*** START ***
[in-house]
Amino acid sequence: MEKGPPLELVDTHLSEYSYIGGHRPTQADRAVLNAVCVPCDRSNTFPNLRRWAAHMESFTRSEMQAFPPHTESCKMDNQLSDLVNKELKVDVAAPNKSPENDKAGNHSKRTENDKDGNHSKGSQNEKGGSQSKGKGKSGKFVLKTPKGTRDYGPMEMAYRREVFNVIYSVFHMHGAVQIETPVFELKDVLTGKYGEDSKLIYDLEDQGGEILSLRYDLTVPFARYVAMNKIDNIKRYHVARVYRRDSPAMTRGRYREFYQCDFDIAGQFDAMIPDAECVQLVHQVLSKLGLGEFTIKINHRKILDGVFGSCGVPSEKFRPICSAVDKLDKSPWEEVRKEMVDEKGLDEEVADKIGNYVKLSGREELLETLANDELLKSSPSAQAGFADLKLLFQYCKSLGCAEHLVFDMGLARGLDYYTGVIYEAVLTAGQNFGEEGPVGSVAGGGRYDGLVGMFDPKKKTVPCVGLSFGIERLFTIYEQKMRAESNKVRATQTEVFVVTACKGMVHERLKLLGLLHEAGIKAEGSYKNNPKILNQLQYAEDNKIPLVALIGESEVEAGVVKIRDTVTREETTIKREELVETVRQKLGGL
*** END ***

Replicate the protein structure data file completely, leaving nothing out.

[in-house]
Amino acid sequence: MEKGPPLELVDTHLSEYSYIGGHRPTQADRAVLNAVCVPCDRSNTFPNLRRWAAHMESFTRSEMQAFPPHTESCKMDNQLSDLVNKELKVDVAAPNKSPENDKAGNHSKRTENDKDGNHSKGSQNEKGGSQSKGKGKSGKFVLKTPKGTRDYGPMEMAYRREVFNVIYSVFHMHGAVQIETPVFELKDVLTGKYGEDSKLIYDLEDQGGEILSLRYDLTVPFARYVAMNKIDNIKRYHVARVYRRDSPAMTRGRYREFYQCDFDIAGQFDAMIPDAECVQLVHQVLSKLGLGEFTIKINHRKILDGVFGSCGVPSEKFRPICSAVDKLDKSPWEEVRKEMVDEKGLDEEVADKIGNYVKLSGREELLETLANDELLKSSPSAQAGFADLKLLFQYCKSLGCAEHLVFDMGLARGLDYYTGVIYEAVLTAGQNFGEEGPVGSVAGGGRYDGLVGMFDPKKKTVPCVGLSFGIERLFTIYEQKMRAESNKVRATQTEVFVVTACKGMVHERLKLLGLLHEAGIKAEGSYKNNPKILNQLQYAEDNKIPLVALIGESEVEAGVVKIRDTVTREETTIKREELVETVRQKLGGL